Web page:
"We can't limit the amount that's spent and we can't limit the amount people can put in their own campaigns or their immediate families can put in their campaigns," she says. "So given that, if [candidates] can't get money from other people, we're going to end up with only really wealthy people with access to wealth being able to run."
Burns disagrees with that philosophy, saying, "I don't think the arms race mentality is really the best response."
Not all contribution limits would be increased if the current draft is signed into law. House and Senate candidates can currently raise $2000 from individuals and corporations. Those limits would drop to $1000 for House candidates and $1500 for Senate candidates.
Also, PACs that donate directly to candidates (in others words, those that do not qualify as independent expenditure-only Super PACs) will no longer be able to contribute $6000 each to candidate. They'll be limited to the same caps as individuals and corporations: $4000 to statewide candidates, $1500 to Senate candidates and $1000 to House candidates.
But the compromise forged by three House members and three Senate members actually removes several provisions aimed at increasing transparency. For instance, the Senate-passed version would have required candidates, PACs and parties to attempt to determine the occupation of those donating more than $100. The House-passed version would also have sought the names of those donors' employers, as is required in federal races.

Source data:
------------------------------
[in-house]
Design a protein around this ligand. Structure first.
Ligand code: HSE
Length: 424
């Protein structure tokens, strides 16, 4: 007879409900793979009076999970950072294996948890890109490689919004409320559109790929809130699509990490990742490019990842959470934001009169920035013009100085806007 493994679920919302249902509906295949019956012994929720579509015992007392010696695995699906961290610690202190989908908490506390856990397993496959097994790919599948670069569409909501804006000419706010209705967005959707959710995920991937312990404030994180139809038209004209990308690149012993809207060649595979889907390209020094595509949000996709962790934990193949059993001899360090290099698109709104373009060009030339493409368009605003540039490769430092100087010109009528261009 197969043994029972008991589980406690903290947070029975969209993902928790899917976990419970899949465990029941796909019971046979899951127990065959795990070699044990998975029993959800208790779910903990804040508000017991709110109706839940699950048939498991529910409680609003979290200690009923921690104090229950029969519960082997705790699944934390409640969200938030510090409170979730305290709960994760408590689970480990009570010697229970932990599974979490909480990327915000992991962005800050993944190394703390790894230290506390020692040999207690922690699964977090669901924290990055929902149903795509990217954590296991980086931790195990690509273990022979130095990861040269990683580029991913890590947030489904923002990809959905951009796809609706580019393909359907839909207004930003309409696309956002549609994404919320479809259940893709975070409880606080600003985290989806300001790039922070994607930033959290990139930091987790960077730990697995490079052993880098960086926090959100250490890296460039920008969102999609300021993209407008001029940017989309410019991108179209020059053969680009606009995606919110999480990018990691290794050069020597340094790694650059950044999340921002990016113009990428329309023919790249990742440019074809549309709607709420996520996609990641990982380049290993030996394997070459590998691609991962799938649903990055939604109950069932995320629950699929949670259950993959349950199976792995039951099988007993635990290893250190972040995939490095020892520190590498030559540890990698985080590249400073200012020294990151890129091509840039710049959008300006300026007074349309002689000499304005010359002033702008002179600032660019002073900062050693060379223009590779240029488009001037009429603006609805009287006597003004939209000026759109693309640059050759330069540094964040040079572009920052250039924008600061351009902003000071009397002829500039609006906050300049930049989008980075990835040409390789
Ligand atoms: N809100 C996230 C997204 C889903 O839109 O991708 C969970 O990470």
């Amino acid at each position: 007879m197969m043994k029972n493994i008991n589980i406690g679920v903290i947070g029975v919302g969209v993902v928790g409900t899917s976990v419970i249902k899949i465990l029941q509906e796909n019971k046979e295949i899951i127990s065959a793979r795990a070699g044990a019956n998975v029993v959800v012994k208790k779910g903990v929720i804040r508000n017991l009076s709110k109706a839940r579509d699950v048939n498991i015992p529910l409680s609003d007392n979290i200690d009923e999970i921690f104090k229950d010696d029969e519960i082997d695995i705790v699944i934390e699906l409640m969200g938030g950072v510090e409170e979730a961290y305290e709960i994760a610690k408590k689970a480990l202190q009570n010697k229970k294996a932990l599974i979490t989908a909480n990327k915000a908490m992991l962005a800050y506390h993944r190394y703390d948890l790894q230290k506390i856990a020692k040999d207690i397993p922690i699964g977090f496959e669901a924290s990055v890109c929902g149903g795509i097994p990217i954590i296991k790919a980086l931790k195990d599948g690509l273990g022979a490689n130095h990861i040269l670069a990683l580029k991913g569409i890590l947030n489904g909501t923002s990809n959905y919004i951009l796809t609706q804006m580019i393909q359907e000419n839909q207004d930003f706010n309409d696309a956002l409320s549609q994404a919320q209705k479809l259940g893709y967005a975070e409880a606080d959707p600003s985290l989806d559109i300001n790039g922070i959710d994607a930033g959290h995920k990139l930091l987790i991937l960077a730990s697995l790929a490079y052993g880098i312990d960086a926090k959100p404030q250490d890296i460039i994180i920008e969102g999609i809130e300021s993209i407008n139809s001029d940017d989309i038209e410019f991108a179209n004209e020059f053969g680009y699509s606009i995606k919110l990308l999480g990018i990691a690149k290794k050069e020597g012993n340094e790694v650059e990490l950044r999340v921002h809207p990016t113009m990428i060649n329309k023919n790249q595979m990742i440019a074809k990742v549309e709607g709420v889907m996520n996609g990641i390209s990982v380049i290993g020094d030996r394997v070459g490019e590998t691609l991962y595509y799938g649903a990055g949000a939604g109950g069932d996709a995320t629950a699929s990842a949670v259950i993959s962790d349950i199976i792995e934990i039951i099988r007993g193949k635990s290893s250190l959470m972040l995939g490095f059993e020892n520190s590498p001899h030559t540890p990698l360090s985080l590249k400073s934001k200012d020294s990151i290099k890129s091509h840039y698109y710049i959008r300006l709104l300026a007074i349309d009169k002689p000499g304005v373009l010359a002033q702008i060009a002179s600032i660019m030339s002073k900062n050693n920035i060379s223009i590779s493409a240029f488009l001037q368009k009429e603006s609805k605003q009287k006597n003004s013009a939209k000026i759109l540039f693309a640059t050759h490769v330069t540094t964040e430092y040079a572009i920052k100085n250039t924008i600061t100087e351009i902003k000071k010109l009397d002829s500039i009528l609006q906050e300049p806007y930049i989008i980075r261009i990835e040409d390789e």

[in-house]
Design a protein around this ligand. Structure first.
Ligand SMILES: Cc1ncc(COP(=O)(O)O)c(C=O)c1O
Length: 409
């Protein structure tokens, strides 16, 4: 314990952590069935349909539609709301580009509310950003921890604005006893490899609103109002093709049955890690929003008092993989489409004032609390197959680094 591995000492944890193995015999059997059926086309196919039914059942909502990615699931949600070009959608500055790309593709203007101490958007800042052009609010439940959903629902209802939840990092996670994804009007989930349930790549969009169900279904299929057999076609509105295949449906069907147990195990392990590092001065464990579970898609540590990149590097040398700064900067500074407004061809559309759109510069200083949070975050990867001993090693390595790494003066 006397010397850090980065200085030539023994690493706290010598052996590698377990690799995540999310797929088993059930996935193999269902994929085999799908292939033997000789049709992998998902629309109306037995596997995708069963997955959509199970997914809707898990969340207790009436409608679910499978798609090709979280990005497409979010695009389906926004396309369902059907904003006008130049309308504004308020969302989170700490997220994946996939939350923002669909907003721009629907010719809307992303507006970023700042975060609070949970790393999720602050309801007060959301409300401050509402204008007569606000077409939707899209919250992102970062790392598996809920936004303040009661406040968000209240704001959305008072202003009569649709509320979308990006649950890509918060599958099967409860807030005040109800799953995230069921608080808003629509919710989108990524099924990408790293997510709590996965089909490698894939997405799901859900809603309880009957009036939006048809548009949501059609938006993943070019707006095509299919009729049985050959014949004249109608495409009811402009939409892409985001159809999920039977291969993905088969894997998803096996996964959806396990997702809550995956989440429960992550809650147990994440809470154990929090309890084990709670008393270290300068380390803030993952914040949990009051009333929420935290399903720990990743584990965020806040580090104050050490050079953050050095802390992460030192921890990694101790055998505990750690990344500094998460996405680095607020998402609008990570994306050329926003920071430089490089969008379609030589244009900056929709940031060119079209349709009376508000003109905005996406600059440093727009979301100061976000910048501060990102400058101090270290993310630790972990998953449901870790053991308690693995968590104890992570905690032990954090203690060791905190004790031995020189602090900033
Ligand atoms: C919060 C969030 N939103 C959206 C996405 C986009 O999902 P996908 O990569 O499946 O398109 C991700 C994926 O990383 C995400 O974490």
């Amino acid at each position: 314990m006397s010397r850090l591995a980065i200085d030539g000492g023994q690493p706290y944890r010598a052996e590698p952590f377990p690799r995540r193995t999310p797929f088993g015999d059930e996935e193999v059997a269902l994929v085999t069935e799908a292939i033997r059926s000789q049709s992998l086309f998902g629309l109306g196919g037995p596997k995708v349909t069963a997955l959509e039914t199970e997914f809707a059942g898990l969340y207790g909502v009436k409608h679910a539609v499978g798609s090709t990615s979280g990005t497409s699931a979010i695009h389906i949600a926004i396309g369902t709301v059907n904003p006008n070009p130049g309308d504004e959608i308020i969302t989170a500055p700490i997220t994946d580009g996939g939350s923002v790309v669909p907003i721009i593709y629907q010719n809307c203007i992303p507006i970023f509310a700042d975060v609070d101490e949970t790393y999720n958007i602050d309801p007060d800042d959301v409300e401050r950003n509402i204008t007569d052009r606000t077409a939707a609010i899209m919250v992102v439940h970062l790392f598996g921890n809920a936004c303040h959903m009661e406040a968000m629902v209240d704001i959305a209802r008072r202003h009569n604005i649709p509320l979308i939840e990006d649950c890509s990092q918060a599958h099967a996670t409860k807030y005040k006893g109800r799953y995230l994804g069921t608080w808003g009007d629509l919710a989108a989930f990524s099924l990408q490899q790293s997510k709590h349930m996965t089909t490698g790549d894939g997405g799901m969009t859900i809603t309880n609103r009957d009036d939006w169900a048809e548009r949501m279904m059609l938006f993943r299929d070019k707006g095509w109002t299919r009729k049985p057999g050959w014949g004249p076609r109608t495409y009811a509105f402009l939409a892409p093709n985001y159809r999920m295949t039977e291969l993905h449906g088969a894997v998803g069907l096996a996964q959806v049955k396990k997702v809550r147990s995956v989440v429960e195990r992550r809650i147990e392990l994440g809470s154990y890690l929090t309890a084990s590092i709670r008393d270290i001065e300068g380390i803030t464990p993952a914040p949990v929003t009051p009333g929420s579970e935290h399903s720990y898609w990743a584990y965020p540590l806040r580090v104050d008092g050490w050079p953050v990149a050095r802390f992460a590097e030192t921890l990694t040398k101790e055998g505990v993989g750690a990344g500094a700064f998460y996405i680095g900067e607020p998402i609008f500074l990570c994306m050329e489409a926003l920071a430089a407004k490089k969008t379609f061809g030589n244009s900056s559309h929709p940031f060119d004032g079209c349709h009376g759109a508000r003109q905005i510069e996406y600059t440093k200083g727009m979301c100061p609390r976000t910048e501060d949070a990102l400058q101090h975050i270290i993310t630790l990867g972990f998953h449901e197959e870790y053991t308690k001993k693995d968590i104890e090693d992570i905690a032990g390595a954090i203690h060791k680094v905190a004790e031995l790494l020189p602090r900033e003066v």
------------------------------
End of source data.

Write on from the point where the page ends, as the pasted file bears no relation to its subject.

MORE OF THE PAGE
But the compromise version nixes both proposals, which irritates Vermont Progressive Party executive director Robert Millar.
"That's been required at the federal level since the early 20th century. I don't see why that should be such an imposition at the state level," says Millar, who previously worked for Sen. Bernie Sanders' (I-Vt.) reelection campaign. "As someone who worked for three and a half years on a federal campaign, it's not that hard a thing to get that information from folks ... It's an important tool for open government."
Previous iterations of the bill also would have increased the frequency with which candidates would have had to file campaign finance reports, but the current version reverts to requiring candidates to file just once during non-election years. It does increase the frequency of filing in the months immediately before an election.
The Senate debated at length last year whether to ban corporate contributions to candidates, parties and PACs. At one point, the body approved such a ban, only to later reverse course. The current draft continues to allow corporations to donate at the same level as individuals.
Millar, for one, says he's "extremely disappointed" in what he characterizes as a "watered-down" bill.
"We've been disappointed in the process from the beginning. It's gone from seemingly tri-partisan support for some changes to barely plugging the dam. It's just Band-Aids on a system that needed to be overhauled."
House and Senate conferees will convene at 9 a.m. Tuesday in Room 49 of the Statehouse to debate and possibly sign off on the bill.